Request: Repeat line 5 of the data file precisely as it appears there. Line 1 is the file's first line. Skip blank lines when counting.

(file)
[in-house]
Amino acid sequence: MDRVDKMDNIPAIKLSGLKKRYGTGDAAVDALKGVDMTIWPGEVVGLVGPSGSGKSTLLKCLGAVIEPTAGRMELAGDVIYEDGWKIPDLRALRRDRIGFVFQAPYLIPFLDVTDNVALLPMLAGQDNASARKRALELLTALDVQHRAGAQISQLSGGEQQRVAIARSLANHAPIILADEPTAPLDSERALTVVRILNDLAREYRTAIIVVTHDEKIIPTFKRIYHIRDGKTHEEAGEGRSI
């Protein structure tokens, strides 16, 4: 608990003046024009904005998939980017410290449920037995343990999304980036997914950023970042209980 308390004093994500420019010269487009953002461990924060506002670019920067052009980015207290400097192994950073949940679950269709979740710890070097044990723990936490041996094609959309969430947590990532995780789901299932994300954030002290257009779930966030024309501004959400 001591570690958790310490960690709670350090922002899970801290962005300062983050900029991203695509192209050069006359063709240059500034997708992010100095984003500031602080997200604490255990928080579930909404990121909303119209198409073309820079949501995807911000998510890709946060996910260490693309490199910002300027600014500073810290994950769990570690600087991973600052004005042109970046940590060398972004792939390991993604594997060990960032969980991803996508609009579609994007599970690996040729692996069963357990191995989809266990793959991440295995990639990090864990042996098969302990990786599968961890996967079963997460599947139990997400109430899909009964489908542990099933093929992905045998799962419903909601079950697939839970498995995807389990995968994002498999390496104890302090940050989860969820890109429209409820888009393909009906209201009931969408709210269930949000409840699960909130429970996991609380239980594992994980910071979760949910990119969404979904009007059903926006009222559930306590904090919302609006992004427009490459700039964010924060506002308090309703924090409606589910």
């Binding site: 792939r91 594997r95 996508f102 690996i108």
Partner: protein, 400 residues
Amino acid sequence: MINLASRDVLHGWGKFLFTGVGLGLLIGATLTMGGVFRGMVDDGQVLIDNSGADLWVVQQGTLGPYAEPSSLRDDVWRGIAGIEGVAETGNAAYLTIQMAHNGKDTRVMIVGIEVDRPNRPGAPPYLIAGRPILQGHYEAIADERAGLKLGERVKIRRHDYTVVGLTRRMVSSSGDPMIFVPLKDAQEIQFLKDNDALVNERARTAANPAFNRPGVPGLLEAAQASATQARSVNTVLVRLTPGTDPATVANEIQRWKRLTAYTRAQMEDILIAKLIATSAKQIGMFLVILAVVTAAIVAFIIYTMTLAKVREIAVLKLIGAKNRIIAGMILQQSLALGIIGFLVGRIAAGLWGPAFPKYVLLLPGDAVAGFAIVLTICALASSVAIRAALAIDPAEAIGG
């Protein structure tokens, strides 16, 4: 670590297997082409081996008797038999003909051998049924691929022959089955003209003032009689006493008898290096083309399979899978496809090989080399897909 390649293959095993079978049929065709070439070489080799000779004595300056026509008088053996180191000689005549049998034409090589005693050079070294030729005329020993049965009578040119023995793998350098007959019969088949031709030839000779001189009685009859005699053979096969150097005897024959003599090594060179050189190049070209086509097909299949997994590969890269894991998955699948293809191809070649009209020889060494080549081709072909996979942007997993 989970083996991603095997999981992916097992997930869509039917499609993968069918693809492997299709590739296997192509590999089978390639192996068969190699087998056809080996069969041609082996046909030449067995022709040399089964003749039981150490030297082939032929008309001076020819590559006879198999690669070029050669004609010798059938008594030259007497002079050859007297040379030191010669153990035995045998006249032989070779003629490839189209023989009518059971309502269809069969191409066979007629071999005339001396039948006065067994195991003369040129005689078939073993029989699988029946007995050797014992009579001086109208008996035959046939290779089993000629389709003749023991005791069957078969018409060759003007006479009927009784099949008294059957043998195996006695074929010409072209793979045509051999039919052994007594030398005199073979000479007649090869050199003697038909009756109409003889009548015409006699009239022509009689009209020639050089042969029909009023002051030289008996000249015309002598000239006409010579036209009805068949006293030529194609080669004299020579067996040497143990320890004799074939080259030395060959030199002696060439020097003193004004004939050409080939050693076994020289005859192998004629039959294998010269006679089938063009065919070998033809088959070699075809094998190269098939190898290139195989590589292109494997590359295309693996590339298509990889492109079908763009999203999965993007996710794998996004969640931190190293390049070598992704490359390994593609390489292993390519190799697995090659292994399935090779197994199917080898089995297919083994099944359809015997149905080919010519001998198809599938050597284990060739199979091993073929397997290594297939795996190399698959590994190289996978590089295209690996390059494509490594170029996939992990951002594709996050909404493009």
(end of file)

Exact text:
Partner: protein, 400 residues